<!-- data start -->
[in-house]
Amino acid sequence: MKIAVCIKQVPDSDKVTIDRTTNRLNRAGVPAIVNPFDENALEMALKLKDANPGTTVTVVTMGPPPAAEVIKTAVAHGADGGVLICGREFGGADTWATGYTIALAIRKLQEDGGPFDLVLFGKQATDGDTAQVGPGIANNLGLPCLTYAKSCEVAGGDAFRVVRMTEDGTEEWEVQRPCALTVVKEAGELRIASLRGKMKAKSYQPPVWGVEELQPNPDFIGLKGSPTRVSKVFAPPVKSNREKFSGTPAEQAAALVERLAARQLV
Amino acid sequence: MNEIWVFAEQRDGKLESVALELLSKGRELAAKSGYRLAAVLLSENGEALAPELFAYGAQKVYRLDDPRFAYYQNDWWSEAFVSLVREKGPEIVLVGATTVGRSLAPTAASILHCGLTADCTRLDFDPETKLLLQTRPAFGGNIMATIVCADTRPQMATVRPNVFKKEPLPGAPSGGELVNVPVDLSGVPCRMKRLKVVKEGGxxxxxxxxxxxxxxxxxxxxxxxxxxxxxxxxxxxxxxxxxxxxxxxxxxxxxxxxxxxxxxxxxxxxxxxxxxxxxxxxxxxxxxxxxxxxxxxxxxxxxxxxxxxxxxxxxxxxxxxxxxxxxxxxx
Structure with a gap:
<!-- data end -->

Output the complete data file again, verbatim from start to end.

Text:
[in-house]
Amino acid sequence: MKIAVCIKQVPDSDKVTIDRTTNRLNRAGVPAIVNPFDENALEMALKLKDANPGTTVTVVTMGPPPAAEVIKTAVAHGADGGVLICGREFGGADTWATGYTIALAIRKLQEDGGPFDLVLFGKQATDGDTAQVGPGIANNLGLPCLTYAKSCEVAGGDAFRVVRMTEDGTEEWEVQRPCALTVVKEAGELRIASLRGKMKAKSYQPPVWGVEELQPNPDFIGLKGSPTRVSKVFAPPVKSNREKFSGTPAEQAAALVERLAARQLV
Amino acid sequence: MNEIWVFAEQRDGKLESVALELLSKGRELAAKSGYRLAAVLLSENGEALAPELFAYGAQKVYRLDDPRFAYYQNDWWSEAFVSLVREKGPEIVLVGATTVGRSLAPTAASILHCGLTADCTRLDFDPETKLLLQTRPAFGGNIMATIVCADTRPQMATVRPNVFKKEPLPGAPSGGELVNVPVDLSGVPCRMKRLKVVKEGGxxxxxxxxxxxxxxxxxxxxxxxxxxxxxxxxxxxxxxxxxxxxxxxxxxxxxxxxxxxxxxxxxxxxxxxxxxxxxxxxxxxxxxxxxxxxxxxxxxxxxxxxxxxxxxxxxxxxxxxxxxxxxxxxx
Structure with a gap: